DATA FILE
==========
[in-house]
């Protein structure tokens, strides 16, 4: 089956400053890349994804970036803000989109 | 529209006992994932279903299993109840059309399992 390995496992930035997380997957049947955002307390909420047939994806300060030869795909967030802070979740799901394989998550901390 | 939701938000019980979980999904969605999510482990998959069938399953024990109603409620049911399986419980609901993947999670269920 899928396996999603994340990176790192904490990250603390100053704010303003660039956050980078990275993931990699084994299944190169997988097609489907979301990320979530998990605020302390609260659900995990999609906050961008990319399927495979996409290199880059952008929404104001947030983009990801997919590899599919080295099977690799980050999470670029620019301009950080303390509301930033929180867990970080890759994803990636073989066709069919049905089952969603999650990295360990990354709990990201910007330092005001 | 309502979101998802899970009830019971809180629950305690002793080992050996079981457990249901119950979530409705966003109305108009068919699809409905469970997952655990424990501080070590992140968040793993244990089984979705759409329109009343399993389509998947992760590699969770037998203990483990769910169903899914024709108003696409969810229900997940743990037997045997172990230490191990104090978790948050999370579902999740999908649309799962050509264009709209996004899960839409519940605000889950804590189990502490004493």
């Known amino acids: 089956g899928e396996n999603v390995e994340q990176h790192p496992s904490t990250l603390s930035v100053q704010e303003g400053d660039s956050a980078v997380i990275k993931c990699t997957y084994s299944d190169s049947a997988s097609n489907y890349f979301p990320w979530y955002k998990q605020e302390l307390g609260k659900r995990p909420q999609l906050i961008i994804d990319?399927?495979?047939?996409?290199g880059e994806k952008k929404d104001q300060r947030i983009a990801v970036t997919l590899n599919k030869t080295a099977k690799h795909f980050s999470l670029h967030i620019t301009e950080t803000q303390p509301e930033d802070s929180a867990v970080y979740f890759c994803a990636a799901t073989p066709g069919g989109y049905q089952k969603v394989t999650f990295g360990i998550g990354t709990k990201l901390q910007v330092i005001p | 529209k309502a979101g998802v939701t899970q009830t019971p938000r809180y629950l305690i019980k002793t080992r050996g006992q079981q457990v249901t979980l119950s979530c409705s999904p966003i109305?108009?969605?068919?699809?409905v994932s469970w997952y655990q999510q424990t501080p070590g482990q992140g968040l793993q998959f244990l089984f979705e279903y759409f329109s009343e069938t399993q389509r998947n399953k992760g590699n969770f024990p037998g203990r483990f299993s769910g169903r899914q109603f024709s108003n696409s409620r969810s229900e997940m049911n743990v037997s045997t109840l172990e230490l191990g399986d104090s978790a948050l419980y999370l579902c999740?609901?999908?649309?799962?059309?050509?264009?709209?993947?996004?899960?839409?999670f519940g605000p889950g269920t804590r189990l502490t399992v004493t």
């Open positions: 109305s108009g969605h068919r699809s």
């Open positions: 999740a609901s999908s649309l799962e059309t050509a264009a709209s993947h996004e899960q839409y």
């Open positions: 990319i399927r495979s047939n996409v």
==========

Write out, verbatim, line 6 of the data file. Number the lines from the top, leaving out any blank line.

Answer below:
């Open positions: 990319i399927r495979s047939n996409v």